Tuesday, January 2, 2018

Data Analysis of My 2017 Reading

This year, I'd like to do more data analysis of things that interest me. While some of it might be publishable in actual journals, a lot of it will be fluffy stuff best suited for my blog. Today, some of that fluffy analysis using the books I read in 2017.

Thanks to Goodreads, I have a lot of data available on my reading habits - when I started and finished each book, how I rated each book (and how that compares to the average Goodreads rating), and what genres I tend to gravitate toward. I pulled my Goodreads data into an Excel spreadsheet, which included the following variables:
  • Book title, string
  • Author, string
  • Goodreads Rating (Average of every rating for this book), numeric from 1 to 5
  • My Rating, integer from 1 to 5
  • Start Date
  • Finish Date
I then calculated/created the following variables
  • A rounded version of the Goodreads rating, since I can only rate 1 to 5
  • A leniency indictor, my rating minus the rounded rating
  • Number of pages (pulled from Amazon)
  • Read time, the number of days it took me to finish
  • Title length, the number of characters in the title
  • Wait, the number of days between finishing one book and starting another; NA if I was reading 2 books at once and was still actively reading another book when I finished one
  • An indicator of author gender
  • A fiction indicator
  • And indicators for the following genres
    • Biography & Memoir
    • Children's Fiction
    • Comedy
    • Economics
    • Experimental Fiction
    • Fantasy
    • History
    • Horror
    • Literary Fiction
    • Math & Statistics
    • Mystery
    • Programming
    • Science
    • Science Fiction
    • Writing
    • YA Fiction
First, I did some simple counts of genres using a Pivot Table and created a bar chart:


As the chart shows, my favorite genre appears to be fantasy (I read 19 books in this genre) followed by math and statistics (11 books). I was surprised at the number of young adult fiction books, because I only picked up one book from that section in the bookstore; the rest I found in general fiction or on a fiction display table. I only found out later (i.e., when I was pulling together this dataset) that they were considered YA fiction. I should note that the counts in the graph above add up to more than 53, because books could belong to more than 1 genre. For instance, last year I read Storm Front, book 1 of the Dresden Files series by Jim Butcher, which qualified as both fantasy (the main character is a wizard) and mystery (he's also a private investigator who solves weird cases often involving the supernatural). On the nonfiction front, The River of Doubt: Theodore Roosevelt's Darkest Journey by Candice Millard qualified as both biography & memoir and history.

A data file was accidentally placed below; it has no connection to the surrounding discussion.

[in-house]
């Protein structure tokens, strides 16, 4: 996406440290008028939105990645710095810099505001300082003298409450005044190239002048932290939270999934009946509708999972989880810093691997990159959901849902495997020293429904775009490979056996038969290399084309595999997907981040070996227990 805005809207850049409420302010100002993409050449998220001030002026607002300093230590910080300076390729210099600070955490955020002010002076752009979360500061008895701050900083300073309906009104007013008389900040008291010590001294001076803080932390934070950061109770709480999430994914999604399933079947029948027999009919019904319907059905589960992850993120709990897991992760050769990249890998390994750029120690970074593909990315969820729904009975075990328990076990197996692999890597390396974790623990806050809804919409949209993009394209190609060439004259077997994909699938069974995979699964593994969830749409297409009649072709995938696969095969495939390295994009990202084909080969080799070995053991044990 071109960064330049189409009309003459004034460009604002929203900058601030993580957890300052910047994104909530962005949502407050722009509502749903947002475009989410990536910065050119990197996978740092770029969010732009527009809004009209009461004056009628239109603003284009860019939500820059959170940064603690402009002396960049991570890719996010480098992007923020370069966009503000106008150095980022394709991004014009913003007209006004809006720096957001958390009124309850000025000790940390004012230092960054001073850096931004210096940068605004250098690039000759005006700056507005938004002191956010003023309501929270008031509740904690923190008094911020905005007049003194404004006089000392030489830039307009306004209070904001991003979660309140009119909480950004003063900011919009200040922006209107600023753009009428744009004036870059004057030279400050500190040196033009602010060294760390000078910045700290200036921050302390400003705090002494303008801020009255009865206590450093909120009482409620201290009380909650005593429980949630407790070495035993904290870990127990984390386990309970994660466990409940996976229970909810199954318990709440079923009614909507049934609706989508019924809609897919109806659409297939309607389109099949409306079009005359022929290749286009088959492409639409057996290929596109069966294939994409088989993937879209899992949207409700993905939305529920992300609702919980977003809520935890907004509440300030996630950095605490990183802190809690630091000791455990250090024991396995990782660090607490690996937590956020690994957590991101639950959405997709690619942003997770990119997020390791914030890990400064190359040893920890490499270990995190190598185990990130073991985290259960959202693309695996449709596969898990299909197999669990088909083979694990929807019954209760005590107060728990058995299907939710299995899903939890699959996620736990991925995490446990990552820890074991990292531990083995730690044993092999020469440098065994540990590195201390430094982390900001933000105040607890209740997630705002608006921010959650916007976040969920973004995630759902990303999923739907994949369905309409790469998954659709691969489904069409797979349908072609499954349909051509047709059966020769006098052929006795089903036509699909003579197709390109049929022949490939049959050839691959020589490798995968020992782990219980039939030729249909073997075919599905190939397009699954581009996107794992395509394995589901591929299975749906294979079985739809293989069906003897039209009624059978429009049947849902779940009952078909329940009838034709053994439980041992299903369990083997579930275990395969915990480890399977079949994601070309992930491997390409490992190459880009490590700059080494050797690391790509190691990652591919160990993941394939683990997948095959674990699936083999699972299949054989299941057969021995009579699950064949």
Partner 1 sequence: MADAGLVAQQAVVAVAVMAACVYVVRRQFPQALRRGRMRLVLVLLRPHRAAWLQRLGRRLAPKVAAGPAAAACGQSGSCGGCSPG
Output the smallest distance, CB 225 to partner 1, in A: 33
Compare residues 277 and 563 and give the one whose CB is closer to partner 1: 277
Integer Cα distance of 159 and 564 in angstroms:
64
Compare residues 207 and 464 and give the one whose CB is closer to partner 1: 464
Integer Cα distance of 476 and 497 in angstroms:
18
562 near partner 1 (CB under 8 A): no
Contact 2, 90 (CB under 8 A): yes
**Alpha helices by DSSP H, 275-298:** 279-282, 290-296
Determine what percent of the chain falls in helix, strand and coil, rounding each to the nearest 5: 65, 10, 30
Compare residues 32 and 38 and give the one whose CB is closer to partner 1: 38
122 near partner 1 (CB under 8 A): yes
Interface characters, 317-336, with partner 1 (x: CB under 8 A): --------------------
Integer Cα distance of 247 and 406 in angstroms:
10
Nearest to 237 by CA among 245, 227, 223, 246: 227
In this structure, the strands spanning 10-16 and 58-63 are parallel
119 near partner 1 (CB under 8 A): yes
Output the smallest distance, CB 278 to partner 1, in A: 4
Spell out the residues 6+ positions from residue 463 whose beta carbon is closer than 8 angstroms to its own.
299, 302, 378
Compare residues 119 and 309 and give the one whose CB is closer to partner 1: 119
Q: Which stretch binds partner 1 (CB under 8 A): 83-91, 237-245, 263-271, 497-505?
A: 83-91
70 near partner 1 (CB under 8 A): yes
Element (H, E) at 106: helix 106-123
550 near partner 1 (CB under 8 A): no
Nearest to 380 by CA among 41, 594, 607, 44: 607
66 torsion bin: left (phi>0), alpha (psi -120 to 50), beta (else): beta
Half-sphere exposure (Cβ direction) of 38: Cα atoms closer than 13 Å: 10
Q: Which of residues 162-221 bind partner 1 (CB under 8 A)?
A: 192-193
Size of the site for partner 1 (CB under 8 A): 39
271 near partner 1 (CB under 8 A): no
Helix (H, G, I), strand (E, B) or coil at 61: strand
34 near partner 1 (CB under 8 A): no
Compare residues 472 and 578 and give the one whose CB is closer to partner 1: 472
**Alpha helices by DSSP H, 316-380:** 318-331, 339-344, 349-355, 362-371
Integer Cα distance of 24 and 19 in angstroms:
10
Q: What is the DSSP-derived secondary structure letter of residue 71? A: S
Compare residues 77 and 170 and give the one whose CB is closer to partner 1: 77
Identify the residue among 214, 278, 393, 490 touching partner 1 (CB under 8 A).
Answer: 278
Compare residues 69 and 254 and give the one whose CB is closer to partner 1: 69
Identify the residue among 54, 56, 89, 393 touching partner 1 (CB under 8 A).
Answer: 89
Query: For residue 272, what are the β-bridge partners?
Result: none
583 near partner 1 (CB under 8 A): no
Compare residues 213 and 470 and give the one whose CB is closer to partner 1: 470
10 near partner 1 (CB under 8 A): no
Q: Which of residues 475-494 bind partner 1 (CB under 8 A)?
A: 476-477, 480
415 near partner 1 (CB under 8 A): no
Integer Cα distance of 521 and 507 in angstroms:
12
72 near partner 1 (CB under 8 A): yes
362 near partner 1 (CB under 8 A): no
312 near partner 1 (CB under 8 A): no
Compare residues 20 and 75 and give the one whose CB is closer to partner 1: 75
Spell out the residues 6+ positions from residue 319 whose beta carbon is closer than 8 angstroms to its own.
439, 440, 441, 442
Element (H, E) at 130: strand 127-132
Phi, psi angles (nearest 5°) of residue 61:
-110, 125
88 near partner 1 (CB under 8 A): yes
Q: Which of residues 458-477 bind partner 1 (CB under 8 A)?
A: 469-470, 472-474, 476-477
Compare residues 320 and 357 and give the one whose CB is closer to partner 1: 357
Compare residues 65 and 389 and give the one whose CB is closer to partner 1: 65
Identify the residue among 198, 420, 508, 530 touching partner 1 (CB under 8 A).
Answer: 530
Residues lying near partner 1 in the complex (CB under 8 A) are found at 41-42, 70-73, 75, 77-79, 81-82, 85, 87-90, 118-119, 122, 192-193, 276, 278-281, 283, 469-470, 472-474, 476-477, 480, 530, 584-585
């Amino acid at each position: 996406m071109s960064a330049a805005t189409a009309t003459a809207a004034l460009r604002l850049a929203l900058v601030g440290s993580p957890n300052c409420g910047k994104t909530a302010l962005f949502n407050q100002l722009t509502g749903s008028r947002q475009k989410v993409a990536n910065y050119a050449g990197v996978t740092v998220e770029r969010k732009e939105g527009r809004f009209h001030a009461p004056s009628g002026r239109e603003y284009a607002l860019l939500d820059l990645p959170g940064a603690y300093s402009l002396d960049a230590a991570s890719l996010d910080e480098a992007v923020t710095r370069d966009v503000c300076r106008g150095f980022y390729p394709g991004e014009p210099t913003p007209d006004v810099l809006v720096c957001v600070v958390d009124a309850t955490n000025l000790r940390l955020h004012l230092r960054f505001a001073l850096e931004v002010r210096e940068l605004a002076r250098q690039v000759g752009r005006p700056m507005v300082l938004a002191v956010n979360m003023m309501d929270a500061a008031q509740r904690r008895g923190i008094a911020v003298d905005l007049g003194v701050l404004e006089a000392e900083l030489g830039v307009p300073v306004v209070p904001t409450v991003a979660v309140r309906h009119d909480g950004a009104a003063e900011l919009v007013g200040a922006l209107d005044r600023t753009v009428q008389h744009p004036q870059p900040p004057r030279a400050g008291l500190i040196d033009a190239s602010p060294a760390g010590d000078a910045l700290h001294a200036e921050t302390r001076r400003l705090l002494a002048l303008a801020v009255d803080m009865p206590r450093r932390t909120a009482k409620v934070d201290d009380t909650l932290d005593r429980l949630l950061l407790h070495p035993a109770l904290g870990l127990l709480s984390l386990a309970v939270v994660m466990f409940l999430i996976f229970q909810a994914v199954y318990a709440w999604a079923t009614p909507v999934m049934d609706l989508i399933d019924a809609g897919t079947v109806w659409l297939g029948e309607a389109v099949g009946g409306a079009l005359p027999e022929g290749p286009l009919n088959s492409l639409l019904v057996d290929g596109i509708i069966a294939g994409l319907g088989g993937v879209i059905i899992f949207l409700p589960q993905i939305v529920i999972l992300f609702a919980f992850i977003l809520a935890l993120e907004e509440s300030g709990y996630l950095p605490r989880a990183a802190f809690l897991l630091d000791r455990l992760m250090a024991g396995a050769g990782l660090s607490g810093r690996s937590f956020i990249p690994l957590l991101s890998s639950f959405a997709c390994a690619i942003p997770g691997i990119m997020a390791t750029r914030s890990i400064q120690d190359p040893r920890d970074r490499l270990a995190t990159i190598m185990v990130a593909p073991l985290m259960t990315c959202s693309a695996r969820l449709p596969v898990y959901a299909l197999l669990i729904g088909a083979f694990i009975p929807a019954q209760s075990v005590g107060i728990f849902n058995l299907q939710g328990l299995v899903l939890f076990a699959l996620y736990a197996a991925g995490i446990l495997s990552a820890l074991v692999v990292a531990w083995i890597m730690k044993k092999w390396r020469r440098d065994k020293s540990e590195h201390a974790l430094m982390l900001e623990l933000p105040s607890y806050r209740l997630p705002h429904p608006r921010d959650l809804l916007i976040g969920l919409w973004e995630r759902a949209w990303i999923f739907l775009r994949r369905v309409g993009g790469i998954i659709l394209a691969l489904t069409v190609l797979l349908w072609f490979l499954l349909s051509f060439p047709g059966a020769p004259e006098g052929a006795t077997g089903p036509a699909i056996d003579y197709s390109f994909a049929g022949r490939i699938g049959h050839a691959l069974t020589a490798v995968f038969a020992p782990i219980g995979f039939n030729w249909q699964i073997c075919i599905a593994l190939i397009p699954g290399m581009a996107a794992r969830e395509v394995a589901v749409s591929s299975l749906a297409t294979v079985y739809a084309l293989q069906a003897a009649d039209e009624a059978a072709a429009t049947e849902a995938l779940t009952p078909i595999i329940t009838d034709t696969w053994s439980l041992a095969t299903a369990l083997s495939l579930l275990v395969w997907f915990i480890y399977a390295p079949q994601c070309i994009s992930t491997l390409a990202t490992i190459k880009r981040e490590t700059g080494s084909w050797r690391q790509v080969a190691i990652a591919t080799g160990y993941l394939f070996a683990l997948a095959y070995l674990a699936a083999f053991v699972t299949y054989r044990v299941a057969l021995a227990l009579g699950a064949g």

I also learned that I read more books by men than women; nearly 70% of the books I read were by men. I was more evenly split on fiction versus nonfiction; 56.6% were fiction. Additionally, my average rating was 4.09, and my average leniency (i.e., my rating was higher than the rounded off Goodreads rating) was only 0.09.

All interesting stuff, but let's do some higher level analysis. For that, I brought in a much better tool than Excel: R. I saved my Excel file into a CSV file and pulled it into R. 

First, let's see what kinds of variables predict the rating I give a book. I only have 53 observations, so I need to be choosy about the variables I include in a linear model. It looks like I'm pretty much in line with the average Goodreads rating, so I'll leave that variable out; it doesn't tell me much. 

Here are some variables I think would impact my rating: number of pages, reading time, author gender, and whether the book was fiction. I'd like to include genre, but I don't want to include all 16; I'll include the top 3 genres, which would be fantasy, math & statistics, and YA fiction. But before I get started with my linear model, I want to examine correlations between some of these variables. For instance, number of pages and reading time are likely correlated with each other. I want to make sure they're not so highly correlated that one could be a proxy for another.